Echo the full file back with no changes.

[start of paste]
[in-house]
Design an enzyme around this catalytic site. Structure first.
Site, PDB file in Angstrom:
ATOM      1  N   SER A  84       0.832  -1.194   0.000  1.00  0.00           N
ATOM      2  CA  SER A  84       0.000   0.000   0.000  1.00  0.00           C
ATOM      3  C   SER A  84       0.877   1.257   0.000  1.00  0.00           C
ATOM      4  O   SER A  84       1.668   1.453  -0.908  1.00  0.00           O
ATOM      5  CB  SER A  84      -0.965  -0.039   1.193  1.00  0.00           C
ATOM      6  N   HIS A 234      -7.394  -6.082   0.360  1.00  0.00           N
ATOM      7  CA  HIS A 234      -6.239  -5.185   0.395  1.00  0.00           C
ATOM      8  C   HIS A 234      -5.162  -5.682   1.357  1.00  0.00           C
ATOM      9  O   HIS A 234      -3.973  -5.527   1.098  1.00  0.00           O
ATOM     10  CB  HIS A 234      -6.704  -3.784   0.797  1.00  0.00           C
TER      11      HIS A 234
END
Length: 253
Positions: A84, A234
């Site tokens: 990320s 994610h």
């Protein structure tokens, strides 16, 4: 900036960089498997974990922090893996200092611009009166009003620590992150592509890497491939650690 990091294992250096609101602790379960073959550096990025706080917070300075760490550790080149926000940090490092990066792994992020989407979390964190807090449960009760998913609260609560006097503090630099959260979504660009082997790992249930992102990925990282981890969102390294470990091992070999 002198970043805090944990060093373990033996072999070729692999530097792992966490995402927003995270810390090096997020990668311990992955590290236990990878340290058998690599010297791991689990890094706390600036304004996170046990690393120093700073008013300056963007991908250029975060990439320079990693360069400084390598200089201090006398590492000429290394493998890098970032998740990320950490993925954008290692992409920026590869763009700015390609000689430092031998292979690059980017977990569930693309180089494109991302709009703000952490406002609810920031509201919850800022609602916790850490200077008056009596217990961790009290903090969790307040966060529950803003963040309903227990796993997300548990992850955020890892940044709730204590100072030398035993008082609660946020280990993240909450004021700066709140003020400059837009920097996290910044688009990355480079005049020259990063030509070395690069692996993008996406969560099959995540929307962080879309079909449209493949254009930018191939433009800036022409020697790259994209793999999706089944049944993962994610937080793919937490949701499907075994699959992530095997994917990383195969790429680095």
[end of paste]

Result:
[in-house]
Design an enzyme around this catalytic site. Structure first.
Site, PDB file in Angstrom:
ATOM      1  N   SER A  84       0.832  -1.194   0.000  1.00  0.00           N
ATOM      2  CA  SER A  84       0.000   0.000   0.000  1.00  0.00           C
ATOM      3  C   SER A  84       0.877   1.257   0.000  1.00  0.00           C
ATOM      4  O   SER A  84       1.668   1.453  -0.908  1.00  0.00           O
ATOM      5  CB  SER A  84      -0.965  -0.039   1.193  1.00  0.00           C
ATOM      6  N   HIS A 234      -7.394  -6.082   0.360  1.00  0.00           N
ATOM      7  CA  HIS A 234      -6.239  -5.185   0.395  1.00  0.00           C
ATOM      8  C   HIS A 234      -5.162  -5.682   1.357  1.00  0.00           C
ATOM      9  O   HIS A 234      -3.973  -5.527   1.098  1.00  0.00           O
ATOM     10  CB  HIS A 234      -6.704  -3.784   0.797  1.00  0.00           C
TER      11      HIS A 234
END
Length: 253
Positions: A84, A234
């Site tokens: 990320s 994610h």
């Protein structure tokens, strides 16, 4: 900036960089498997974990922090893996200092611009009166009003620590992150592509890497491939650690 990091294992250096609101602790379960073959550096990025706080917070300075760490550790080149926000940090490092990066792994992020989407979390964190807090449960009760998913609260609560006097503090630099959260979504660009082997790992249930992102990925990282981890969102390294470990091992070999 002198970043805090944990060093373990033996072999070729692999530097792992966490995402927003995270810390090096997020990668311990992955590290236990990878340290058998690599010297791991689990890094706390600036304004996170046990690393120093700073008013300056963007991908250029975060990439320079990693360069400084390598200089201090006398590492000429290394493998890098970032998740990320950490993925954008290692992409920026590869763009700015390609000689430092031998292979690059980017977990569930693309180089494109991302709009703000952490406002609810920031509201919850800022609602916790850490200077008056009596217990961790009290903090969790307040966060529950803003963040309903227990796993997300548990992850955020890892940044709730204590100072030398035993008082609660946020280990993240909450004021700066709140003020400059837009920097996290910044688009990355480079005049020259990063030509070395690069692996993008996406969560099959995540929307962080879309079909449209493949254009930018191939433009800036022409020697790259994209793999999706089944049944993962994610937080793919937490949701499907075994699959992530095997994917990383195969790429680095």